One of the UK’s newest modular housebuilders, comprising a joint venture made up of Carlton & Co Group and public procurement specialist Fusion21. Corehaus said that its new 1,850m2 facility will use Modern Methods of Construction (MMC) to more quickly build houses that offer lower energy bills.
Scott Bibby, managing director of CoreHaus, explained, “Our light gauge steel-frame system ensures that CoreHaus can be used in both urban and rural locations with elevation treatments tailored to suit each setting, providing almost unlimited design potential. The standardised modular core means the solution can be configured for homes of almost any size.”
With an existing order book valued at around £6 million (US$8.2m), the manufacturing plant will initially supply units to regional housebuilder Homes by Carlton, as well as a national social enterprise charity. With demand for housing is currently outstripping supply, the company expects to increase annual production to around 1,000 units a year.
German real estate company hanova WOHNEN GmbH has set up a rental housing project in the form of KODAs, a type of modular and moveable house from the company Kodasema, in the heart of Hannover.
Birgit Linnamäe, CEO of Kodasema, stated, “This is a remarkable example of international private-municipal collaboration while addressing the pressing issue of housing shortage in an innovative and sustainable way. We believe that this will lead to many even larger scale KODA Community housing projects across European cities,”
Kodasema, founded in 2013, revealed that the turnaround is very quick at approximately one year from project initiation to tenants moving in.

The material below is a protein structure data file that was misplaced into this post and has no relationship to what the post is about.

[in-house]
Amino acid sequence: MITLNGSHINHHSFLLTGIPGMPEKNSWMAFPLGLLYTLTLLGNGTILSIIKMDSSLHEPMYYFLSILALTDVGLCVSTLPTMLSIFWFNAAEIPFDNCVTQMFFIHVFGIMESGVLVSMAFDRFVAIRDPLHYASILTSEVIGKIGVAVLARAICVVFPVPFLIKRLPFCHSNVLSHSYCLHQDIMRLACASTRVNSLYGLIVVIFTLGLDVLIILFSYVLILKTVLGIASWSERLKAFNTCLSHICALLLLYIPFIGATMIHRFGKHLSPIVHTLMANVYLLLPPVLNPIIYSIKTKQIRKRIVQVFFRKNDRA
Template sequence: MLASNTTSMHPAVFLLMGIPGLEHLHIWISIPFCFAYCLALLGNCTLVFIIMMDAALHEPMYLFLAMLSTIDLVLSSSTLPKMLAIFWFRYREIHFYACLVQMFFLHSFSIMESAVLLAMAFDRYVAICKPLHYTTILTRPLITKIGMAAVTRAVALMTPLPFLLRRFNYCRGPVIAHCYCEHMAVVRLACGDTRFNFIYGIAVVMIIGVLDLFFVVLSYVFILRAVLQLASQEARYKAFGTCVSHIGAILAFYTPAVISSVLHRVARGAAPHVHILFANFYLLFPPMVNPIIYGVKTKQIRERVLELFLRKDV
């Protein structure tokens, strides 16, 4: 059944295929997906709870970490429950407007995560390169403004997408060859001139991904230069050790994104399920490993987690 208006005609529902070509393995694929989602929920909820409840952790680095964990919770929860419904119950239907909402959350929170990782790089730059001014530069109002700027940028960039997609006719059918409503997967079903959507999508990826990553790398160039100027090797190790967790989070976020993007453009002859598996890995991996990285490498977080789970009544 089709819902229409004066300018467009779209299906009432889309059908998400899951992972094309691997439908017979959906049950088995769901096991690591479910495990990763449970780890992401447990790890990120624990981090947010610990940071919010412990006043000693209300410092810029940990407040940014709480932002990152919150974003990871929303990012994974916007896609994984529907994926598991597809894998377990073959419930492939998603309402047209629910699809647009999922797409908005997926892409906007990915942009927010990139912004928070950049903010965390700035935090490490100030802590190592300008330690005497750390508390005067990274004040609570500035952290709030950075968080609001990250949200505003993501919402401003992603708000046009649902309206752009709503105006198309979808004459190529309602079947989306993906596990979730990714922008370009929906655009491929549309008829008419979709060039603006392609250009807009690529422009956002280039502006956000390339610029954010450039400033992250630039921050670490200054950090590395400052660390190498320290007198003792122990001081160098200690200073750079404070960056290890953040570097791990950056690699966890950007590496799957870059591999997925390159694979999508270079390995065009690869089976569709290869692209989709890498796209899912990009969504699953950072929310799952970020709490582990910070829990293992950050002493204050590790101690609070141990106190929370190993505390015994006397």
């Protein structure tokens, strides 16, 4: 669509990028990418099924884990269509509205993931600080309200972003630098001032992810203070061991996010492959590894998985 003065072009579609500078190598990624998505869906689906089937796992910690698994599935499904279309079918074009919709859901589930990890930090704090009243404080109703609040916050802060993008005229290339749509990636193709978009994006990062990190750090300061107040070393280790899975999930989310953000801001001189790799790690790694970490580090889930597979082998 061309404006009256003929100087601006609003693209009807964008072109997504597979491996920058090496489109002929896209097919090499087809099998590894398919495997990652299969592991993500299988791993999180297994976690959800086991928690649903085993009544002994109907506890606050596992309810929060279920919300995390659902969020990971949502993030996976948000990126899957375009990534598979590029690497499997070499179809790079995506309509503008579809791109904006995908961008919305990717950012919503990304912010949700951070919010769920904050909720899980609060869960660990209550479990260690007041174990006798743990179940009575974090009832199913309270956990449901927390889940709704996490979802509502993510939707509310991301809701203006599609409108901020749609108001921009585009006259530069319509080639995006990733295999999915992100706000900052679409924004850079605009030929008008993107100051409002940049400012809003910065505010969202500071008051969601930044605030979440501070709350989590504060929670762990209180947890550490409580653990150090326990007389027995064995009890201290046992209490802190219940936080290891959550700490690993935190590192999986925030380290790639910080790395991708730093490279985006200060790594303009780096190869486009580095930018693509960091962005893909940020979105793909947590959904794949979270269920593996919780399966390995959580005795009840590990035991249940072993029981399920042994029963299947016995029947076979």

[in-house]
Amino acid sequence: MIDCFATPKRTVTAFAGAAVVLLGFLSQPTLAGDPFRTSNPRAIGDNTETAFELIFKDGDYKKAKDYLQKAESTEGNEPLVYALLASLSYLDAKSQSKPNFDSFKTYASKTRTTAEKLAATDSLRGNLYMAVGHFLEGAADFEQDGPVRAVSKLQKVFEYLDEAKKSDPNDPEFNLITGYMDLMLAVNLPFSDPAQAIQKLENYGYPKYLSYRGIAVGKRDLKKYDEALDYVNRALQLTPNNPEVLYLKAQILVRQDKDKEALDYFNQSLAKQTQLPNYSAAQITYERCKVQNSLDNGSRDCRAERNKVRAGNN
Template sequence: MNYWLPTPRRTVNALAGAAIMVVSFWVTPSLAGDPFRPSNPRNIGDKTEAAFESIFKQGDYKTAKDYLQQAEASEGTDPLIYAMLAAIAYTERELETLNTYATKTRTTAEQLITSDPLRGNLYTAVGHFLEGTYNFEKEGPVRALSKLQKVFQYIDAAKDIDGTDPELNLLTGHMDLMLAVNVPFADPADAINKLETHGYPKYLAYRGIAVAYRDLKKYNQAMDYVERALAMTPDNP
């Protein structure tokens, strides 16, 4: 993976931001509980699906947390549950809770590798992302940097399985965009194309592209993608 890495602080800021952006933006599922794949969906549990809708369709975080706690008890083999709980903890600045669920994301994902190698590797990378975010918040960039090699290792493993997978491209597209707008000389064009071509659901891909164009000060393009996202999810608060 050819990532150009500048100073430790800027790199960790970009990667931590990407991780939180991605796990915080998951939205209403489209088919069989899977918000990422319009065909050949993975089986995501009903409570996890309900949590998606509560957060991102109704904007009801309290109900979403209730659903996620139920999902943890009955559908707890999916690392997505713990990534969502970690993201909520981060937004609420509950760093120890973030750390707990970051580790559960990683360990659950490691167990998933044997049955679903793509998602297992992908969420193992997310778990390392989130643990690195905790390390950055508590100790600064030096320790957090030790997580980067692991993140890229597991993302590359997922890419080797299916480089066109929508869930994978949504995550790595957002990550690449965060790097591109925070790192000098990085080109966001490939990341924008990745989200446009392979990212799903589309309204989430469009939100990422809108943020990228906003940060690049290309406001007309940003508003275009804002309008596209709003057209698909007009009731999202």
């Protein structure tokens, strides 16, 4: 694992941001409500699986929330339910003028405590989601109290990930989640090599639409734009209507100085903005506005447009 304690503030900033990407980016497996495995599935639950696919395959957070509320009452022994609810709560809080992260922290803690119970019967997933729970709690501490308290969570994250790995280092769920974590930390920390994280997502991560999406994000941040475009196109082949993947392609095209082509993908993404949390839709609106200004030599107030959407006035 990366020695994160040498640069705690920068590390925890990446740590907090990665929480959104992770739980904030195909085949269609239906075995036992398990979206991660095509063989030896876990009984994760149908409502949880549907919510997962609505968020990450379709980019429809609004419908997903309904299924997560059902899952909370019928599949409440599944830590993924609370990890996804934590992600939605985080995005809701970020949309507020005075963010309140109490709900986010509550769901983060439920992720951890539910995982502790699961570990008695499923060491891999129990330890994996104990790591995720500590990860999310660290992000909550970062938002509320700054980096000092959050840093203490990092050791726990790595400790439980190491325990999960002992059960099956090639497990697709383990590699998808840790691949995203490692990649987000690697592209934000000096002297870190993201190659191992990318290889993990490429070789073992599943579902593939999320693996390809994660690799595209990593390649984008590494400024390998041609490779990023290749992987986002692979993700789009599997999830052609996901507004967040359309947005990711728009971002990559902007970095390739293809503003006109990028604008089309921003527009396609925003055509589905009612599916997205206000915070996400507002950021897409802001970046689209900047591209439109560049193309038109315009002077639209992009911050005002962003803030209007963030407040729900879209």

Shifting from onsite construction to offsite prefabrication is increasing in certain markets. For example, in Scandinavia 45% of all housing is being built using offsite manufacturing in some capacity, and the permanent modular construction market share of new North American real estate construction projects has grown by 50% from 2015 to 2018.
Linnamäe added, “To a significant degree the development of the sector depends on the private and public sector working together. This needs to happen to ensure sufficient housing is provided quickly, where people need it most.
“But the development of new areas using modular housing means services – such as schools, healthcare and childcare are developed and redensification – does not put a strain on the services available to the existing community.
“As the housing crisis worldwide has become a significant problem then the only solution to quickly address this issue is to mobilise factory construction and quick installation of affordable homes.”